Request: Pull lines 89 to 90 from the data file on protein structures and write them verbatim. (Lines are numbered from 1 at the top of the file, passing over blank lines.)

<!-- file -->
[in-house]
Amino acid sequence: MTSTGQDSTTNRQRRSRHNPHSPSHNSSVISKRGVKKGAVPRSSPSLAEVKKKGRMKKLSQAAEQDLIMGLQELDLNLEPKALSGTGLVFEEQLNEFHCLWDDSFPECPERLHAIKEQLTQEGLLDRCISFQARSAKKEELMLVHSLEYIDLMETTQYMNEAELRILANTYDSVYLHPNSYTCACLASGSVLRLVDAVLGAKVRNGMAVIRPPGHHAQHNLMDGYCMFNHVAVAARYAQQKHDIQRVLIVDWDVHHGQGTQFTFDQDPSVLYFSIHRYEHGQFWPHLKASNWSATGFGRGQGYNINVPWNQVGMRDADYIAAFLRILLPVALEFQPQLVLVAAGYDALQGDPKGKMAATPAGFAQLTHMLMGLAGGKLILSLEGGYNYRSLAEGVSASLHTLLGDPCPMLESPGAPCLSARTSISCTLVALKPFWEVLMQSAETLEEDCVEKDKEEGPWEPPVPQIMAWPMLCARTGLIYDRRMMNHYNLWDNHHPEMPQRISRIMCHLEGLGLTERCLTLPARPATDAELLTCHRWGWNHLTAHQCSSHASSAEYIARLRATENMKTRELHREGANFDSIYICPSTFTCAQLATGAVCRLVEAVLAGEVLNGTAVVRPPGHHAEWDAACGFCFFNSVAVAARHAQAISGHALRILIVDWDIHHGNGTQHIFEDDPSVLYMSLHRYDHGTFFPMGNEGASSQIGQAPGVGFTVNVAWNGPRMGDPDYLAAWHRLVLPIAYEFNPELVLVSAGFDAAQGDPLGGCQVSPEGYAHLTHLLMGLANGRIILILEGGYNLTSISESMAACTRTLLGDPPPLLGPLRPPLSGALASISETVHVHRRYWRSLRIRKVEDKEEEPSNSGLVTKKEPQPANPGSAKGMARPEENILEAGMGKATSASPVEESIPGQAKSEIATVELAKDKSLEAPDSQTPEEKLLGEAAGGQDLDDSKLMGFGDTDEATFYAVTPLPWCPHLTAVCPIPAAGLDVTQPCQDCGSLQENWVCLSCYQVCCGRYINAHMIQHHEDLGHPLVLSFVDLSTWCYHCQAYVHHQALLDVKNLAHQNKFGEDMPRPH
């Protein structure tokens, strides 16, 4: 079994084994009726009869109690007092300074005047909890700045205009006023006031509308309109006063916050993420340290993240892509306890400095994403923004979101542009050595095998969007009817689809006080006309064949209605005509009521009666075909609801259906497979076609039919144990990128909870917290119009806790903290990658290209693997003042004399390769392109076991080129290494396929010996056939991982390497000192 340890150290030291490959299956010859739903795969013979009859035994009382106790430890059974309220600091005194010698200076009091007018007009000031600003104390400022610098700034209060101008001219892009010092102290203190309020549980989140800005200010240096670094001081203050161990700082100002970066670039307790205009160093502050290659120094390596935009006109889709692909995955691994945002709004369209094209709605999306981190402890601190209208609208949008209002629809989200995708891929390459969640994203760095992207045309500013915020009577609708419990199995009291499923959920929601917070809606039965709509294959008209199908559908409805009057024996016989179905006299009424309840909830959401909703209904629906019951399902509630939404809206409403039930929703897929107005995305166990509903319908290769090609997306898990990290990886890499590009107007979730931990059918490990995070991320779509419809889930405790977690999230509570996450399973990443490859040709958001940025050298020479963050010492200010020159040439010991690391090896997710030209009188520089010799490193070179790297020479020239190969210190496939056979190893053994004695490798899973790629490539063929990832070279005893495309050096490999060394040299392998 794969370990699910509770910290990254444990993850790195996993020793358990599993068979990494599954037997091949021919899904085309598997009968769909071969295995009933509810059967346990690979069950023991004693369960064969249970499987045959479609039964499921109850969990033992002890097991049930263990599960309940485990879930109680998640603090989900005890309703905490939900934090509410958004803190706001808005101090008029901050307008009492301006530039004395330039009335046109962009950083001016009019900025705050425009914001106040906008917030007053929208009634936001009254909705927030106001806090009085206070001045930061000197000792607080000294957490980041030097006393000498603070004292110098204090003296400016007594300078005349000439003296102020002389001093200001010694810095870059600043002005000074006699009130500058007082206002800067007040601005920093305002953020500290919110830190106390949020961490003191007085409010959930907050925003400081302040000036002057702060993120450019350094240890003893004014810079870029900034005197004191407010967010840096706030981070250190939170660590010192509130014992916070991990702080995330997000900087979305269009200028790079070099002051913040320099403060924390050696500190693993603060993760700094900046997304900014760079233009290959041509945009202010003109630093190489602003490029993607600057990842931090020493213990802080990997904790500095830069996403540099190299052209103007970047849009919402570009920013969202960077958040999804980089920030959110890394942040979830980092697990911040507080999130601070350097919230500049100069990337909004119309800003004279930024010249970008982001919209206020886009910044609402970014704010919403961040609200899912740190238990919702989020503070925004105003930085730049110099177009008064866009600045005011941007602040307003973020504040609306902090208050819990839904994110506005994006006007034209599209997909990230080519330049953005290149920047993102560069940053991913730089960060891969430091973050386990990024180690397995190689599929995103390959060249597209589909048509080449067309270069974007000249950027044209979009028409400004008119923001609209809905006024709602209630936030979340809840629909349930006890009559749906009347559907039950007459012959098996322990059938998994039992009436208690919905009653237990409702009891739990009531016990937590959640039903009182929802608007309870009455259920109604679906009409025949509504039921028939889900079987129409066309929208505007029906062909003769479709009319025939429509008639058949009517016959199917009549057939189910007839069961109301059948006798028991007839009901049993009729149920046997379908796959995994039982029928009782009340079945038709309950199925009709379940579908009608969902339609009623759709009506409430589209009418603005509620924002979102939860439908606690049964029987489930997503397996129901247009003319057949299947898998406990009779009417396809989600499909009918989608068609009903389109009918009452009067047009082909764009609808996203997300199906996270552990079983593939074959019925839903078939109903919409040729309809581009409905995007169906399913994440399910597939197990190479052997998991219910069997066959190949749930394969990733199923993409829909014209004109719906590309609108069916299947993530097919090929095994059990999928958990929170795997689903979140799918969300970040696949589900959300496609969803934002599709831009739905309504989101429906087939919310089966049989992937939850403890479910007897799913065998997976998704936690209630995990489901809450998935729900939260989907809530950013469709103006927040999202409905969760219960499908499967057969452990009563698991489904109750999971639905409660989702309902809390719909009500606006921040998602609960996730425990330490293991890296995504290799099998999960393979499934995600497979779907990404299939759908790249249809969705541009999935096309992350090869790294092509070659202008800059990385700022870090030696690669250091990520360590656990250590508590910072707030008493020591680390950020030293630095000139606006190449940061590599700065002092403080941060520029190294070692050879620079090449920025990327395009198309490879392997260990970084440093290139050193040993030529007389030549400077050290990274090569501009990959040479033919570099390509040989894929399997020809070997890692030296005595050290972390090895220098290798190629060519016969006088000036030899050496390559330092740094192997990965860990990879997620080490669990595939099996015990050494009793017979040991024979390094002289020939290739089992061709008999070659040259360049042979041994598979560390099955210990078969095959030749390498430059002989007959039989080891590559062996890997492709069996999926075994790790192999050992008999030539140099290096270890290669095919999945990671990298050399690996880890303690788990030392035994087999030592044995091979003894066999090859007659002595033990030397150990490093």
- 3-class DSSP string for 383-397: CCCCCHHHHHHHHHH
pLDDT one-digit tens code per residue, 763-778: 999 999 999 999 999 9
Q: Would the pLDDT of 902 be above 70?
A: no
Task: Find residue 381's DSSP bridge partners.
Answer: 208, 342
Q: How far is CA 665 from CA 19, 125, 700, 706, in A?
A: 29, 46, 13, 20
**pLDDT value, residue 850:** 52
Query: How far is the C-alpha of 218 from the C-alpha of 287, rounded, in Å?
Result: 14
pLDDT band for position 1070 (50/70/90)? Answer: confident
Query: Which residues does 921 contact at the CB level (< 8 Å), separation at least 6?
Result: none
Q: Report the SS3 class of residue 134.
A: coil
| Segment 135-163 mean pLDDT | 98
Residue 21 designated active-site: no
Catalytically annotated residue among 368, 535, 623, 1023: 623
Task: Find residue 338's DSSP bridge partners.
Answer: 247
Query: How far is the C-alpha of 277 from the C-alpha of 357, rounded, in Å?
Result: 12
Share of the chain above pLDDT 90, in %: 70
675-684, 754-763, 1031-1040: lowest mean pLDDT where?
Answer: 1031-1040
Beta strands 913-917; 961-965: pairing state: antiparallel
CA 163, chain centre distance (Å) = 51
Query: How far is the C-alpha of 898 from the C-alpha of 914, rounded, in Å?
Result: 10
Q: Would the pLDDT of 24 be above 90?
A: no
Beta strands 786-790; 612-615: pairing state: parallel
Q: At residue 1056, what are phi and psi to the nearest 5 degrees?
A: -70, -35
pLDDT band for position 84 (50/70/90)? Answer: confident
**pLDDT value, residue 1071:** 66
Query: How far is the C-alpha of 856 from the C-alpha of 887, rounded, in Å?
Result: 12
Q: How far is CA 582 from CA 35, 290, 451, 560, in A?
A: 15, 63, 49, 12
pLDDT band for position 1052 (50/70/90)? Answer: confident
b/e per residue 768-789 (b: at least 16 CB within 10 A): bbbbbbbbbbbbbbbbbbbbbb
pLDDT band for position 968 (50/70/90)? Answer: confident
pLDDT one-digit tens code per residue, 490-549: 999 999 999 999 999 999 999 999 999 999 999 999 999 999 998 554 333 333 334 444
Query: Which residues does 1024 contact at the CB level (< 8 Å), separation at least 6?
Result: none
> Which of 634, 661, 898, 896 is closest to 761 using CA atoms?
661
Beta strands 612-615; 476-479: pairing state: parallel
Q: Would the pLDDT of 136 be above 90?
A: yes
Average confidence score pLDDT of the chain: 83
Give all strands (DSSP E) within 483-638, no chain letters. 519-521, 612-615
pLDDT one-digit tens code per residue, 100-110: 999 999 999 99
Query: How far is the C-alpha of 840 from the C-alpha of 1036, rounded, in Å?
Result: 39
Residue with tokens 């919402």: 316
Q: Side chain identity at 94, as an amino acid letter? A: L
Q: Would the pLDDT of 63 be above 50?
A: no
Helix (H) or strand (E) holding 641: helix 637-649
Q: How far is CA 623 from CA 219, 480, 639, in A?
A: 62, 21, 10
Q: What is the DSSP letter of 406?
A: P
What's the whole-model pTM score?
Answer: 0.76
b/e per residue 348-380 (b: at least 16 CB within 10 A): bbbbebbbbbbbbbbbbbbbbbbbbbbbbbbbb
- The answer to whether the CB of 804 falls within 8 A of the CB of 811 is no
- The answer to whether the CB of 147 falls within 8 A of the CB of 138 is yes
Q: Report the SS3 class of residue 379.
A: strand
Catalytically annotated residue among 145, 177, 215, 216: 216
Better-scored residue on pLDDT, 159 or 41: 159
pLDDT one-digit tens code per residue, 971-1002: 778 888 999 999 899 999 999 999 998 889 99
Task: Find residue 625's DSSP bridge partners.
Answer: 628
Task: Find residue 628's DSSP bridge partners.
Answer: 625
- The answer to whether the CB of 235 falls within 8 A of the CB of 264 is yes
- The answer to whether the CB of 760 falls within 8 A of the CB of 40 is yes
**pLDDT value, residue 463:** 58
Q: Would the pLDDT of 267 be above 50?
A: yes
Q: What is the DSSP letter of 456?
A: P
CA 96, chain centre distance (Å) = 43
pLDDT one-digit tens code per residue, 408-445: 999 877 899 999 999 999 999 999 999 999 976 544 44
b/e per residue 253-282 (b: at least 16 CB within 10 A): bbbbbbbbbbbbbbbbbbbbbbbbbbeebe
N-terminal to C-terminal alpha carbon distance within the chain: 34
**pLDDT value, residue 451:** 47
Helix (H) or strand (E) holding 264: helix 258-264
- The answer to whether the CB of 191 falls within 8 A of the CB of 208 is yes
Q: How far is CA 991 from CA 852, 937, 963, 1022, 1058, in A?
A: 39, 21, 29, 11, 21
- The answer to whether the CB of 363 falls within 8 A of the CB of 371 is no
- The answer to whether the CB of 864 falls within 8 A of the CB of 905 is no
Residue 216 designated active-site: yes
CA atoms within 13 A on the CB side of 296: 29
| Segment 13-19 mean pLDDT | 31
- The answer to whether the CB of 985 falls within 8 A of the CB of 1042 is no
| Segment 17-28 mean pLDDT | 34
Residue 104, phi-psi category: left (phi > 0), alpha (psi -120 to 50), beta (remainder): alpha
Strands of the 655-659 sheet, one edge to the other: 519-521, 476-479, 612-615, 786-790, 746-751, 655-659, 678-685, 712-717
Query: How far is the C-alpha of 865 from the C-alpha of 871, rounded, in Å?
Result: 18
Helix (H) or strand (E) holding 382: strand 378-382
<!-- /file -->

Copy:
Q: What is the DSSP letter of 456?
A: P